Saturday, March 20, 2010

carpenter squares

In 1815, Silas Hawes in S. Shaftsbury, VT, joined 2 legs of steel together to make a stable, true 90* angle carpenter square. Hawes patented his idea in 1819 and began manufacturing. (Iron squares did exist before this. Illustrations of them can be found in the pyramids and in medieval English carvings. There was one recorded in Plymouth in the 1620's, and another in New Haven, CT, before 1700.)

I became curious about these steel squares when I realized that there were several factories producing steel squares on Paran Creek, which runs from Shaftsbury, through N. Bennington to the Walloomsac River. Lots of factories because of lots of demand - one factory, swept away in a flood in 1852, was immediately rebuilt.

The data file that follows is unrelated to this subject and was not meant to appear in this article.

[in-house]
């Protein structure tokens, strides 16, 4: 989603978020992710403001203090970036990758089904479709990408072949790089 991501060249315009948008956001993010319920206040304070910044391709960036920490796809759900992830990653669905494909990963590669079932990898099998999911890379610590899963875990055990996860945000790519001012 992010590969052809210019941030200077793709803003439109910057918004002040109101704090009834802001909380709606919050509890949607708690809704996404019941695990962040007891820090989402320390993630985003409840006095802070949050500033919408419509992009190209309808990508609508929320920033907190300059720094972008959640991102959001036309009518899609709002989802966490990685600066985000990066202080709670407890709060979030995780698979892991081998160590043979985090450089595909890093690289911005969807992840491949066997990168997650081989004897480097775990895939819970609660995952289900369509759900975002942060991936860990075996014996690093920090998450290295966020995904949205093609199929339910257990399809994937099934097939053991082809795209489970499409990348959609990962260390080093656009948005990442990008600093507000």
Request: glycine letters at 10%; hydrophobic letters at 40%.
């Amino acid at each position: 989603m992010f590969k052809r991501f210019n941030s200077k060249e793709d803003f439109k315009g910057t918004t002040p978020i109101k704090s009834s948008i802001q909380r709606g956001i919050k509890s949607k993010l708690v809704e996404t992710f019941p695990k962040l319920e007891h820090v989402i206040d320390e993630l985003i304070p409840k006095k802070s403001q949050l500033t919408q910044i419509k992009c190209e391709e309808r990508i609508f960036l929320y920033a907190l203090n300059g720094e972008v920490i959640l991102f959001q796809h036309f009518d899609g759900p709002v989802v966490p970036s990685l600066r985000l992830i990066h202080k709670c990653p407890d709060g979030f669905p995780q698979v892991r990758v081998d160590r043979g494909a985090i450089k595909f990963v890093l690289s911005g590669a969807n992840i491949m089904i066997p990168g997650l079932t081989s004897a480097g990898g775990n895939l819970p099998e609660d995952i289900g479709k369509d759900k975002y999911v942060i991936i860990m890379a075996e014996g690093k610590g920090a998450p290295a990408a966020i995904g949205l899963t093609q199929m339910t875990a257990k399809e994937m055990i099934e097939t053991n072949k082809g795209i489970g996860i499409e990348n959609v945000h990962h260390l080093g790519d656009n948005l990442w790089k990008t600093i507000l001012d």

At the same time Asher Benjamin is publishing his pattern books.
And post and beam framing systems are evolving from scribe rule to square rule. This is a change from each tendon fitting only one mortise, to the parts being interchangeable. For example, a brace could fit between the post and beam (sill and stud in the illustration) at the front of a barn or at the back.

Do these facts have anything in common?

A joiner needs to know the angle he uses will be the same each time, dependable, before he can make the same part to be used many places. He needs to own a carpenter square even if it is expensive, and it was - at least a week's pay.

Does the manufacturer of many, many carpenter squares in Vermont a play a role in the evolution away from design using 'regulating lines'?

The Eagle Square sign comes from The Shires of Bennington, published by the Bennington Museum in 1975. The illustrations were drawn by Edwin Tunis for his book, Colonial Craftsmen, the World Publishing Company, 1965.

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